“Lennon was inspired to write the song by a 19th century circus poster for Pablo Fanque’s Circus Royal, Rochdale, that he purchased in an antique shop on 31 January 1967, while filming the promotional video for ‘Strawberry Fields Forever’ in Sevenoaks, Kent. Lennon said ‘Everything from the song is from that poster, except the horse wasn’t called Henry.’ (The poster identifies the horse as ‘Zanthus.’) Mr. Kite is believed to be William Kite who worked for Pablo Fanque from 1843 to 1845.’”[vii]
How it relates to 507:
Thematically, this episode was a lot about preparation and disappointment. Peggy has the expectation of a marriage proposal and ends up with something similar, but “sinful.” Sally is growing up (Go-go boots! Makeup!) and excited about her chance to accompany Don, Roger, Megan and her parents to a fancy event “for the Benefit” of Mr. American Cancer Society. But all the magic of the night gets, as she said, “dirty.” The event itself – Don receiving a noble award for something that was done out self-interest – similarly follows the episode’s maniacal undercurrent. Much like the episode itself, “Being for the Benefit of Mr. Kite!” lyrically and musically plays like an invitation to something grand that actually turns out be a creepy circus. The background music throughout the episode follows the melodic structure almost identically [most notably in the ending scene, where everyone is sitting and the table in silence, deflation or shock (Sally)]. Also, Don’s “promotional” motive for writing the anti-smoking piece in the New York Times nicely parallels: “Lennon was inspired to write the song by a 19th century circus poster…that he purchased in an antique shop…while filming the promotional video for ‘Strawberry Fields Forever.’” (Don: “It doesn’t matter why I wrote it!”)
For the benefit of Mr. Kite
There will be a show tonight (American Cancer Society Benefit)
The Hendersons will all be there (the important, rich people Roger was trying to schmooze)
Having been some days in preparation
A splendid time is guaranteed for all
And tonight Mr. Kite is topping the bill! (Dirty.)
If you’re still on board with me on this, things are about to get really weird:
If my hunch is correct, than the Season 5 finale will play to the tempo of “A Day in the Life.” Considering Weiner’s love of running us around in circles, I thought it was notable that “the opening sounds of “Sgt. Pepper’s Lonely Hearts Club Band” were taken from a February 10, 1967 orchestra session for ‘A Day in the Life.’” This is especially curious when you consider that the sounds heard on the streets of Madison Avenue during the civil rights scene that opens “A Little Kiss” are meant to mimic the tuning of an orchestra on February 10, 1967. Well, if the world is Weiner’s audience, I guess the New York Times is his orchestra.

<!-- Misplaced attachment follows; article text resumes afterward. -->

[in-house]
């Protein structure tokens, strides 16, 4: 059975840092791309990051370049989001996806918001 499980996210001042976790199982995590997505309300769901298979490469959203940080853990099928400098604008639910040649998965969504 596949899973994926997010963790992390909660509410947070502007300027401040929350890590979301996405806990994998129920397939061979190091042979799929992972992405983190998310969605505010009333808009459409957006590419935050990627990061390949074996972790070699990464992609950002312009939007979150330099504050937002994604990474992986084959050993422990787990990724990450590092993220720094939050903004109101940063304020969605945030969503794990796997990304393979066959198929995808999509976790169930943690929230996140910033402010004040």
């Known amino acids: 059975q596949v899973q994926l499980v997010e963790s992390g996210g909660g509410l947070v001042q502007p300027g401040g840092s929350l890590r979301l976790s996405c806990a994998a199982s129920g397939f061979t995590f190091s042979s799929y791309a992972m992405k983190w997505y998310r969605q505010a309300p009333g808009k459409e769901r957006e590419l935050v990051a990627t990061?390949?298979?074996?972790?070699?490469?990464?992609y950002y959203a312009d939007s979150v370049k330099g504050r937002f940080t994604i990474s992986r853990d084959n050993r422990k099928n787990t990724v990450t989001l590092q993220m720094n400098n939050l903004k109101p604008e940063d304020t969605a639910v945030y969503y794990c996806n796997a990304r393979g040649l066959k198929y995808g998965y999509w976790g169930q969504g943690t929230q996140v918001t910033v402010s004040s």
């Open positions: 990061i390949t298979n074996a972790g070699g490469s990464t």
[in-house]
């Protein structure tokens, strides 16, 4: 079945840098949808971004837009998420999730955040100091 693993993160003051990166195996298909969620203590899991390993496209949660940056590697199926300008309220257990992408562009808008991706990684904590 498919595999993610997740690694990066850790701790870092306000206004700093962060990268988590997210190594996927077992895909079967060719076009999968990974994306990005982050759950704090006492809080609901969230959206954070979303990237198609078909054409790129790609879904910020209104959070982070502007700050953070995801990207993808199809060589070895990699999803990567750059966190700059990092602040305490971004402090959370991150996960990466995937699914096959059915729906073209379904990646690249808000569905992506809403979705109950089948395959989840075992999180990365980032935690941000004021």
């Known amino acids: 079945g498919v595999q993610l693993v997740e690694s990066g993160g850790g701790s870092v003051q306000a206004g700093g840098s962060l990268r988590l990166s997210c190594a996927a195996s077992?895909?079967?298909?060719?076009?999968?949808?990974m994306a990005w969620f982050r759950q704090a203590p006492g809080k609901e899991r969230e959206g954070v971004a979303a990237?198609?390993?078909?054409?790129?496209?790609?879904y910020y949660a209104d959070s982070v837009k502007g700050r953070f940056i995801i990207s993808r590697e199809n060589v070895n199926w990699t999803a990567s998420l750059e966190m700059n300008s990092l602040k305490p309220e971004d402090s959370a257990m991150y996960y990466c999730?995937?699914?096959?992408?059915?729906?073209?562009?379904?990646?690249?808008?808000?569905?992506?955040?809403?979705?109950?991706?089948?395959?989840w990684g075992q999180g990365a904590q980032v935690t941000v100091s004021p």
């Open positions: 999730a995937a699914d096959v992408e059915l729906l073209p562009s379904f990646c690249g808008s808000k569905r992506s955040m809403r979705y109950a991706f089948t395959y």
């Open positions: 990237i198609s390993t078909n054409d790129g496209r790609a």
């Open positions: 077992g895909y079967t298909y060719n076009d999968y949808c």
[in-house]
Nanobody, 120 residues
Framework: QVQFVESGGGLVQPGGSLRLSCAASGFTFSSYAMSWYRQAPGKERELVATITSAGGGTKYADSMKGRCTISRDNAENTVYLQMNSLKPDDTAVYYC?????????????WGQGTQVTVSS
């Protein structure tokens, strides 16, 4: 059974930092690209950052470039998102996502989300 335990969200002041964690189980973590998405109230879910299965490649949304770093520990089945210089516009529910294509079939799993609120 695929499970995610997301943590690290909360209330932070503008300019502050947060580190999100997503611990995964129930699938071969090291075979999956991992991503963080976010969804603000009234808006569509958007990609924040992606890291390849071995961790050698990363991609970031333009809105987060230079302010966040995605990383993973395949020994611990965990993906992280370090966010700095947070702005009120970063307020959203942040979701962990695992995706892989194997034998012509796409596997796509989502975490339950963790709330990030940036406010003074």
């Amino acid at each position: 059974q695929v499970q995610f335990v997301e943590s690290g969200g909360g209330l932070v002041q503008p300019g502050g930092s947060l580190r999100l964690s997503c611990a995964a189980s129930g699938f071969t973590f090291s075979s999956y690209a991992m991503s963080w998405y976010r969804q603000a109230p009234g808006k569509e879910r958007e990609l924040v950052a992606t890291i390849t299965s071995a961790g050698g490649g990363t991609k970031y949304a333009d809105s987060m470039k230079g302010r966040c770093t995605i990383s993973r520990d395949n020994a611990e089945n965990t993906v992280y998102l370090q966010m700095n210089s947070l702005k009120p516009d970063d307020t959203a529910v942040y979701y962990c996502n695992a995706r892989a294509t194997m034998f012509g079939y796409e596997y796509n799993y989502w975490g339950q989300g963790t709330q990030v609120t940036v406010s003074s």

I would bet my Sterling’s gold that the Season 5 finale, “The Phantom” (“A Day in the Life”), lands on February 10, 1967 and opens with real-life history lesson (“I read the news today, oh boy…”). If you listen to the rest of the song, it’s difficult not to suspect that the plot of “The Phantom” will in many ways draw on the themes we were introduced to, given Pete’s many names and the mini-orchestra in “Signal 30.”
508: “Lady Lazarus” (“Within You Without You”)
About the song: “Within You Without You”
“‘Within You Without You’ was composed on a harmonium following a dinner party at the London home of Klaus Voorman, the German artist and musician whom the Beatles first met in Hamburg. Written by George Harrison, it was the only non-Lennon-McCartney song on the Sgt. Pepper album. The song was George Harrison’s second full-blown Indian recording, after Revolver‘s “Love You To.” Although regarded by some as a dull interlude in the otherwise masterful Sgt. Pepper, ‘Within You Without You’ encapsulated the exploration of spiritual themes that had become popular in 1967′s Summer of Love.” [viii]
How it relates to the song “Tomorrow Never Knows”:
“The song was also included on the 2006 remix album Love. For this album, George Harrison’s vocal and sitar parts were mixed over McCartney’s bass and Ringo’s drum parts from “Tomorrow Never Knows,” although the opening lyric, ‘Turn off your mind…Relax and float downstream…It is not dying…it is not dying,’ comes from ‘Tomorrow Never Knows,’ as does the set of reversed sound effects utilized in the mashup. During part of the second verse of the mashup version, the drums and bass of ‘Tomorrow Never Knows’ are silenced, replaced by the tabla percussion parts of ‘Within You Without You.’ Also, Harrison’s vocals are heard in the song’s intended key of C major. The blending of these two songs is considered the most effective form of mashup on the album.” [xi]